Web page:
Planning on heading north from Santiago or Valparaiso to San Pedro de Atacama? A good way to break up the long 18 hour bus journey is to stop off by the sea-side town of La Serena. A 7 hour overnight bus from Valparaiso and 11 hours from San Pedro de Atacama, La Serena is a popular Chilean getaway beach town. We used this stop as a detour to spend some time by the beach and to try some of the national drink, Pisco, in the valley that it is made.
What’s to do in La Serena?
Not as busy as the more famous Chilean beach towns, La Serena is built for the summer months (January and February in South America). The old town where the locals live is just like any other town, it has a sort of hectic charm. However, take a walk along the coast and you’ll see high-rise apartments that lay empty for most of the year and restaurants serving all of your favourite beach treats. While we were there it lacked the crowds, and the high prices, of other beach side towns such as Viña del Mar.
So why stop in La Serena, what is there to do?
Walk along the malecón
Enjoy the best part of La Serena by walking the 2 hour, 10 km, walk along the beach. Start from the lighthouse which was built-in the 50s and follow the yellow sand and freezing cold waters. It doesn’t seem to matter if you are in the north or south of Chile, the water is always freezing! It is possible to surf and swim in designated areas but some areas aren’t suitable due to strong currents, so just make sure to check first. If you fancy breaking up the journey, there are plenty of restaurants and empañadas stands dotted along the way.
Something that impressed us about La Serena and most of Chile is that there are so many free outdoor “gyms”, skate parks and play areas in every town. You will see people all over the country work out and play for free.
Continue to the end of the beach and you will reach the small town of Coquimbo. Here you can climb up the hill to have a great view of the town, the ocean and the walk you just did from the base of a huge cross. Grab lunch and head back to La Serena.
If you don’t feel like walking the 10 km, hostels rent bikes or you can take a bus. Most people we met who walked the whole way took the bus back. The bus costs 450 CLP.
You may be surprised to hear, as we were, that there is a Japanese Garden in La Serena. In fact Kokoro No Niwa Japanese Garden is the largest in all of Chile! Opened in 1994 as part of the 450th anniversary of the founding of La Serena it is a great place to chill out. Grab a book and some lunch and join the locals. Entrance is only 1,000 CLP. Try to spot the cute turtles as they flirt with one another.
Take a trip to Elqui Valley
The main reason for stopping in this part of Chile was to visit the Elqui Valley. The valley is home to the town of Pisco Elqui, where the famous drink Pisco is made, and some of the clearest skies in the world. The valley has a dozen or so high quality observatories.
In the valley it is possible to stay in the towns of Vicuña or Pisco Elqui if you want to visit an observatory at night. We would recommend organising a tour with the observatories themselves and staying in one of the towns. Of course, it is possible to organise everything from your hostel in La Serena. However you should expect to pay a lot more just for transport and visit the crowded observatories who have done a better job marketing themselves to hostels.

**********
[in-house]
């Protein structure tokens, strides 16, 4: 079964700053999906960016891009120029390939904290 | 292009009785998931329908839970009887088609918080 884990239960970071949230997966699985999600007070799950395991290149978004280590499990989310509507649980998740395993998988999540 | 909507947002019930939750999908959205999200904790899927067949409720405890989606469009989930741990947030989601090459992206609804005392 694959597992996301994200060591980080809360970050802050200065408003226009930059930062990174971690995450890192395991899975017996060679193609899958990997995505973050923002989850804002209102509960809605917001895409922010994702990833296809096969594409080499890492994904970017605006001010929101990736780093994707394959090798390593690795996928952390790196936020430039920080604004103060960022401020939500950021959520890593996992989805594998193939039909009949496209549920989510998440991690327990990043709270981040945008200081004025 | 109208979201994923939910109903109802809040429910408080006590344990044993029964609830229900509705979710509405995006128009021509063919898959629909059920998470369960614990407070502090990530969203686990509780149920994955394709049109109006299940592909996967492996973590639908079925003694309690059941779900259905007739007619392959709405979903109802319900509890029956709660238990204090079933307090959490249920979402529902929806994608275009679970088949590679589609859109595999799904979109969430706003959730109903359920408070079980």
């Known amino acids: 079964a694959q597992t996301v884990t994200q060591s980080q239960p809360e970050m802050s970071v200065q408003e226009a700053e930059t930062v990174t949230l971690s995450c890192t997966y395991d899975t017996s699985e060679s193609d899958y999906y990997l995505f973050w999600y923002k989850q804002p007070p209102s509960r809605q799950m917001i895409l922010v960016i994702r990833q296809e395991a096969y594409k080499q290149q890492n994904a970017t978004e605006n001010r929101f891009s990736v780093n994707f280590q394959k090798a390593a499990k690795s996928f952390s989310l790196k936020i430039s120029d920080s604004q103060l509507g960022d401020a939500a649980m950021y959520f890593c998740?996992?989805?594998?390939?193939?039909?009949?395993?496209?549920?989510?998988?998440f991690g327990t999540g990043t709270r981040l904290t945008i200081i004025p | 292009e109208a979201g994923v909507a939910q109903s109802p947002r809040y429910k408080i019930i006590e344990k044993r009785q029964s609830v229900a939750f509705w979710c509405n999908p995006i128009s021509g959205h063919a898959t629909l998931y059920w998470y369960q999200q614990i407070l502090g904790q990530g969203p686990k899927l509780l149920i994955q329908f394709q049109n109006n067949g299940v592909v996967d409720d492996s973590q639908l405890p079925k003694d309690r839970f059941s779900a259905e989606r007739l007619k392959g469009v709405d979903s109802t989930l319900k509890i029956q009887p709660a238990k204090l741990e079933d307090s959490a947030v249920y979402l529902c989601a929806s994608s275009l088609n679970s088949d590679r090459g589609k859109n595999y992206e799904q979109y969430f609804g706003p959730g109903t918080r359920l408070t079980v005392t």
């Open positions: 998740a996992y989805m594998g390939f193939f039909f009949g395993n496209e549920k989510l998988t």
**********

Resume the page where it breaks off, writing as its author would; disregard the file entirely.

Vicuña is probably the best town to stay in if organising your own trip as it is closer to the observatories. The small town is only 1 hour away from La Serena by local bus and costs 4,000 CLP.
Tip: before planning your trip, check out when is the full moon. The closer you are to the full moon the less you are likely to see as the sky will be too bright.
Take a Pisco tour in Pisco Elqui
After visiting Vicuña, continue for another 45 minute by bus into the valley to the town of Pisco Elqui. It is of two towns in the world that make the trademarked Pisco, which we enjoy so much in Pisco Sours. The other town is Pisco, in Peru. Currently there is an international trademark dispute between Chile and Peru regarding who first started making Pisco. Ask locals in either country and they will passionately confirm that pisco originates in their home nation.
The town was originally called La Greda, then Union and then finally renamed Pisco Elqui in 1936 as an attempt by Chile to prove the Pisco was in fact made here first.
Take the journey and visit a Pisco distillery to learn the origins and how to make the spirit. The main distillery is Mistral, located right off the main square, they do tours in English and Spanish. We decided not to visit Mistral as the price was high and the English tour wasn’t until late afternoon. Instead, we took a tour at the Fundo Los Nichos distillery for only 1,000 CLP. The tour was entirely in Spanish. With some rough translations it was enough to understand the history and process of making Pisco. It was interesting to visit their storage room which was made to look like a tomb full of dead bodies in order to deter thieves!